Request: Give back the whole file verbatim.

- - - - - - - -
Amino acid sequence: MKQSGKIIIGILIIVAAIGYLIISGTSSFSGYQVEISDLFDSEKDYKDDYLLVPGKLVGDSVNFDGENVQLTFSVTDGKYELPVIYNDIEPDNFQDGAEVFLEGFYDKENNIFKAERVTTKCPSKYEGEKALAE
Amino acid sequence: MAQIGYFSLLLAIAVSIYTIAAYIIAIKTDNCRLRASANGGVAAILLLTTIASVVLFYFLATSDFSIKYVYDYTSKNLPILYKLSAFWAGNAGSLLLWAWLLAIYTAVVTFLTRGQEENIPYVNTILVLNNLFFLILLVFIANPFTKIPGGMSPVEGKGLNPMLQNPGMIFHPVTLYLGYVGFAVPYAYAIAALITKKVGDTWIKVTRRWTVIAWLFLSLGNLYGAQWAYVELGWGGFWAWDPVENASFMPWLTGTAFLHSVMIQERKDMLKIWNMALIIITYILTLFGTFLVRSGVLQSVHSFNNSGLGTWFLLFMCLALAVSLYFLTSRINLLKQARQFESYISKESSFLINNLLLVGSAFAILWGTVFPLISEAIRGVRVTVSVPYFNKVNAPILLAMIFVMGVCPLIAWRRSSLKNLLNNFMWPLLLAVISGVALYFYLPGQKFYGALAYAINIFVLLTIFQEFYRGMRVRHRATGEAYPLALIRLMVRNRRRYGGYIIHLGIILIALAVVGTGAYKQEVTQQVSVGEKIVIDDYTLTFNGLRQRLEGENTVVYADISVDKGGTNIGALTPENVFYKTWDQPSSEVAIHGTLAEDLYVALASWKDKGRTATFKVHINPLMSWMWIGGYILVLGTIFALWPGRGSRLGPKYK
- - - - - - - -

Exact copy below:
Amino acid sequence: MKQSGKIIIGILIIVAAIGYLIISGTSSFSGYQVEISDLFDSEKDYKDDYLLVPGKLVGDSVNFDGENVQLTFSVTDGKYELPVIYNDIEPDNFQDGAEVFLEGFYDKENNIFKAERVTTKCPSKYEGEKALAE
Amino acid sequence: MAQIGYFSLLLAIAVSIYTIAAYIIAIKTDNCRLRASANGGVAAILLLTTIASVVLFYFLATSDFSIKYVYDYTSKNLPILYKLSAFWAGNAGSLLLWAWLLAIYTAVVTFLTRGQEENIPYVNTILVLNNLFFLILLVFIANPFTKIPGGMSPVEGKGLNPMLQNPGMIFHPVTLYLGYVGFAVPYAYAIAALITKKVGDTWIKVTRRWTVIAWLFLSLGNLYGAQWAYVELGWGGFWAWDPVENASFMPWLTGTAFLHSVMIQERKDMLKIWNMALIIITYILTLFGTFLVRSGVLQSVHSFNNSGLGTWFLLFMCLALAVSLYFLTSRINLLKQARQFESYISKESSFLINNLLLVGSAFAILWGTVFPLISEAIRGVRVTVSVPYFNKVNAPILLAMIFVMGVCPLIAWRRSSLKNLLNNFMWPLLLAVISGVALYFYLPGQKFYGALAYAINIFVLLTIFQEFYRGMRVRHRATGEAYPLALIRLMVRNRRRYGGYIIHLGIILIALAVVGTGAYKQEVTQQVSVGEKIVIDDYTLTFNGLRQRLEGENTVVYADISVDKGGTNIGALTPENVFYKTWDQPSSEVAIHGTLAEDLYVALASWKDKGRTATFKVHINPLMSWMWIGGYILVLGTIFALWPGRGSRLGPKYK